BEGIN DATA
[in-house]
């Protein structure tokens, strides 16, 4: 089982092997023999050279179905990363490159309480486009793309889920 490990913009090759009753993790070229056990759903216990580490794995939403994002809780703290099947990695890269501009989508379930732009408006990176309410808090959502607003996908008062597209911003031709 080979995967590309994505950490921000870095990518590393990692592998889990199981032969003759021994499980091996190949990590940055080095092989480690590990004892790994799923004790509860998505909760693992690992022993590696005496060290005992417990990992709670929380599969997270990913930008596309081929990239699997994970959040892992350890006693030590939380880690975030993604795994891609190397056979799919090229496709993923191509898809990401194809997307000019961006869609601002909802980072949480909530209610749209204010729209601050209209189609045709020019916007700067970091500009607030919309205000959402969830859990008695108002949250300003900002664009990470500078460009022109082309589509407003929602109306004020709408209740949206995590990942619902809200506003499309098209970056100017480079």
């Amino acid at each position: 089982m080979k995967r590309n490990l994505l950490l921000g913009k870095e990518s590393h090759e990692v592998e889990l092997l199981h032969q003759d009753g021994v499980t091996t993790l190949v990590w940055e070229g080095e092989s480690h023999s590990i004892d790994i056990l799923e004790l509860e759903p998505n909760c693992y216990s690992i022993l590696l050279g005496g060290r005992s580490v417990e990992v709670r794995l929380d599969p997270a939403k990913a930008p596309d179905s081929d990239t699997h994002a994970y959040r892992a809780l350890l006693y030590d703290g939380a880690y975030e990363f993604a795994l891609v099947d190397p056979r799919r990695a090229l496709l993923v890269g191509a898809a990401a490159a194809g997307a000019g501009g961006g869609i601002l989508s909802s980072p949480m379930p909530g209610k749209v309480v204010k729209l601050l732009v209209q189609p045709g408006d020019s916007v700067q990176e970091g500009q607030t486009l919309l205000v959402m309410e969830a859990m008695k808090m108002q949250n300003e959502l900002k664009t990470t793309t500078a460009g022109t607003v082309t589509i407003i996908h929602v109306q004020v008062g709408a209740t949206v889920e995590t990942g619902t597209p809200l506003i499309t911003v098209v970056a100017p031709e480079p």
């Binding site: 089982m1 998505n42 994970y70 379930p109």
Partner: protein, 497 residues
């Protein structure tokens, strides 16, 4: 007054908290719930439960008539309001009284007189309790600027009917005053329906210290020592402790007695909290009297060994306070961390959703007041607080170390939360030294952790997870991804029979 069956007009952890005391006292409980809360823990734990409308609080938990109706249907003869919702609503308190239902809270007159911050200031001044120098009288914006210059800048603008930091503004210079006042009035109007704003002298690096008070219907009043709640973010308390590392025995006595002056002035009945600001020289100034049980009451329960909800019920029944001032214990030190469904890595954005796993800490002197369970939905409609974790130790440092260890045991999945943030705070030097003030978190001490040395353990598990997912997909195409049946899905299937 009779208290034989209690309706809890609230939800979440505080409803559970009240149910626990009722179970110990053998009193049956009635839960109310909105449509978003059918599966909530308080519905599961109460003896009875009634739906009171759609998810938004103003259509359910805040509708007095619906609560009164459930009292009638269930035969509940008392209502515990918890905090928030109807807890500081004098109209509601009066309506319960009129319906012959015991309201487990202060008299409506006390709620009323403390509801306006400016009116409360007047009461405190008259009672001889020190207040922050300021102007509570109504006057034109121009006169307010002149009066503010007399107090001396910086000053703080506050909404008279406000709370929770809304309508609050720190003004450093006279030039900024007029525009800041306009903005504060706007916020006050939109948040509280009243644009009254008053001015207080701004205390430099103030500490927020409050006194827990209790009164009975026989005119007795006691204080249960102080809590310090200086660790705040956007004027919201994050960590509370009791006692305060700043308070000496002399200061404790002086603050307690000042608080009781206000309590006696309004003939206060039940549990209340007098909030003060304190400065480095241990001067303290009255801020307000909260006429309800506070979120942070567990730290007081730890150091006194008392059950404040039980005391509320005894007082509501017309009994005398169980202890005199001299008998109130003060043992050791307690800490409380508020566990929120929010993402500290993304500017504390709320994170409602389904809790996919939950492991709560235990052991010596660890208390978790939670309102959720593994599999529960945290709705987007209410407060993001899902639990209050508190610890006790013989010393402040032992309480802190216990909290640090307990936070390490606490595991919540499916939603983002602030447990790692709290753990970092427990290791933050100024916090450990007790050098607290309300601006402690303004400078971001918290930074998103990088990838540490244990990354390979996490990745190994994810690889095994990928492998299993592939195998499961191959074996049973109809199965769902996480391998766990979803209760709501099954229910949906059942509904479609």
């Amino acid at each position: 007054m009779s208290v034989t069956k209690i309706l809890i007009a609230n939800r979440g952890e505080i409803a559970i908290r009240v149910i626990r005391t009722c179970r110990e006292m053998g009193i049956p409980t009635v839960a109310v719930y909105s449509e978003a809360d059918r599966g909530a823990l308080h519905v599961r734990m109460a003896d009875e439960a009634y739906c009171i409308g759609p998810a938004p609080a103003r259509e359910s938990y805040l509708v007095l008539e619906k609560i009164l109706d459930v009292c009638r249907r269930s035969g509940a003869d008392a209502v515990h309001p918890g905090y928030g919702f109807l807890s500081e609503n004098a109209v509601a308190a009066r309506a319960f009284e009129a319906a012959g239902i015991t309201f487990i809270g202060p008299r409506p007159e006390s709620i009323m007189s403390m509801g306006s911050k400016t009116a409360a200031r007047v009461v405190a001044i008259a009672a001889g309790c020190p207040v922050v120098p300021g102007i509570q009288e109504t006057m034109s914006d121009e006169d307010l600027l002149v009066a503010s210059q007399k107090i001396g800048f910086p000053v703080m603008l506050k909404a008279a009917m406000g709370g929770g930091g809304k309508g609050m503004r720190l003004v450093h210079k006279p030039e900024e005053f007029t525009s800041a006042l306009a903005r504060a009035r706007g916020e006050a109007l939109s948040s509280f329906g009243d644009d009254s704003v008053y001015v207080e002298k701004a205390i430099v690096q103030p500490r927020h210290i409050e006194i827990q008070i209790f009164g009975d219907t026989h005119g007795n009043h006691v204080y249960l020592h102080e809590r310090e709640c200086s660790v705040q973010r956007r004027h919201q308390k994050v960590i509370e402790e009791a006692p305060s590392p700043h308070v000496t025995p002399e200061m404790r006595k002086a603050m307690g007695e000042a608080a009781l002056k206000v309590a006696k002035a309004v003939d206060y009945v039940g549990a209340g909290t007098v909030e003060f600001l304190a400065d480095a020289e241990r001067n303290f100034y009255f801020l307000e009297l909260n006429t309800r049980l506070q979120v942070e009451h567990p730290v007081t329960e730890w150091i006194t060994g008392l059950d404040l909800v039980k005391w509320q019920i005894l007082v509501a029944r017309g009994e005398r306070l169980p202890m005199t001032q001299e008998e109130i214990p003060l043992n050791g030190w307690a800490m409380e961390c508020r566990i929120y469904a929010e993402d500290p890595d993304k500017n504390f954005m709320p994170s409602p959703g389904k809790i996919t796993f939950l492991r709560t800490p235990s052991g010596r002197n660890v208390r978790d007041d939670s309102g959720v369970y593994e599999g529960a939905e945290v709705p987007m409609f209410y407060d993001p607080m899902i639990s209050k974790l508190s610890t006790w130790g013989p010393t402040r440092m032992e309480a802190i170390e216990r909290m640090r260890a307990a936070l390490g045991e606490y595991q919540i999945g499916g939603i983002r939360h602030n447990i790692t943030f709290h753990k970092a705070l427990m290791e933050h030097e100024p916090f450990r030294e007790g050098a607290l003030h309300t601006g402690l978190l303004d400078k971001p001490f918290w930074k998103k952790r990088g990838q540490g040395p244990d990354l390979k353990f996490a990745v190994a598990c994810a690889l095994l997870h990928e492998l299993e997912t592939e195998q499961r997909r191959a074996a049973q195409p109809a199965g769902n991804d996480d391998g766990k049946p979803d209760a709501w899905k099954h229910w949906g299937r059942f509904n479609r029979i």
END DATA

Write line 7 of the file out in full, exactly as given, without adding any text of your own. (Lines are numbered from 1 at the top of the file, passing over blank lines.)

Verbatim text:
């Amino acid at each position: 007054m009779s208290v034989t069956k209690i309706l809890i007009a609230n939800r979440g952890e505080i409803a559970i908290r009240v149910i626990r005391t009722c179970r110990e006292m053998g009193i049956p409980t009635v839960a109310v719930y909105s449509e978003a809360d059918r599966g909530a823990l308080h519905v599961r734990m109460a003896d009875e439960a009634y739906c009171i409308g759609p998810a938004p609080a103003r259509e359910s938990y805040l509708v007095l008539e619906k609560i009164l109706d459930v009292c009638r249907r269930s035969g509940a003869d008392a209502v515990h309001p918890g905090y928030g919702f109807l807890s500081e609503n004098a109209v509601a308190a009066r309506a319960f009284e009129a319906a012959g239902i015991t309201f487990i809270g202060p008299r409506p007159e006390s709620i009323m007189s403390m509801g306006s911050k400016t009116a409360a200031r007047v009461v405190a001044i008259a009672a001889g309790c020190p207040v922050v120098p300021g102007i509570q009288e109504t006057m034109s914006d121009e006169d307010l600027l002149v009066a503010s210059q007399k107090i001396g800048f910086p000053v703080m603008l506050k909404a008279a009917m406000g709370g929770g930091g809304k309508g609050m503004r720190l003004v450093h210079k006279p030039e900024e005053f007029t525009s800041a006042l306009a903005r504060a009035r706007g916020e006050a109007l939109s948040s509280f329906g009243d644009d009254s704003v008053y001015v207080e002298k701004a205390i430099v690096q103030p500490r927020h210290i409050e006194i827990q008070i209790f009164g009975d219907t026989h005119g007795n009043h006691v204080y249960l020592h102080e809590r310090e709640c200086s660790v705040q973010r956007r004027h919201q308390k994050v960590i509370e402790e009791a006692p305060s590392p700043h308070v000496t025995p002399e200061m404790r006595k002086a603050m307690g007695e000042a608080a009781l002056k206000v309590a006696k002035a309004v003939d206060y009945v039940g549990a209340g909290t007098v909030e003060f600001l304190a400065d480095a020289e241990r001067n303290f100034y009255f801020l307000e009297l909260n006429t309800r049980l506070q979120v942070e009451h567990p730290v007081t329960e730890w150091i006194t060994g008392l059950d404040l909800v039980k005391w509320q019920i005894l007082v509501a029944r017309g009994e005398r306070l169980p202890m005199t001032q001299e008998e109130i214990p003060l043992n050791g030190w307690a800490m409380e961390c508020r566990i929120y469904a929010e993402d500290p890595d993304k500017n504390f954005m709320p994170s409602p959703g389904k809790i996919t796993f939950l492991r709560t800490p235990s052991g010596r002197n660890v208390r978790d007041d939670s309102g959720v369970y593994e599999g529960a939905e945290v709705p987007m409609f209410y407060d993001p607080m899902i639990s209050k974790l508190s610890t006790w130790g013989p010393t402040r440092m032992e309480a802190i170390e216990r909290m640090r260890a307990a936070l390490g045991e606490y595991q919540i999945g499916g939603i983002r939360h602030n447990i790692t943030f709290h753990k970092a705070l427990m290791e933050h030097e100024p916090f450990r030294e007790g050098a607290l003030h309300t601006g402690l978190l303004d400078k971001p001490f918290w930074k998103k952790r990088g990838q540490g040395p244990d990354l390979k353990f996490a990745v190994a598990c994810a690889l095994l997870h990928e492998l299993e997912t592939e195998q499961r997909r191959a074996a049973q195409p109809a199965g769902n991804d996480d391998g766990k049946p979803d209760a709501w899905k099954h229910w949906g299937r059942f509904n479609r029979i």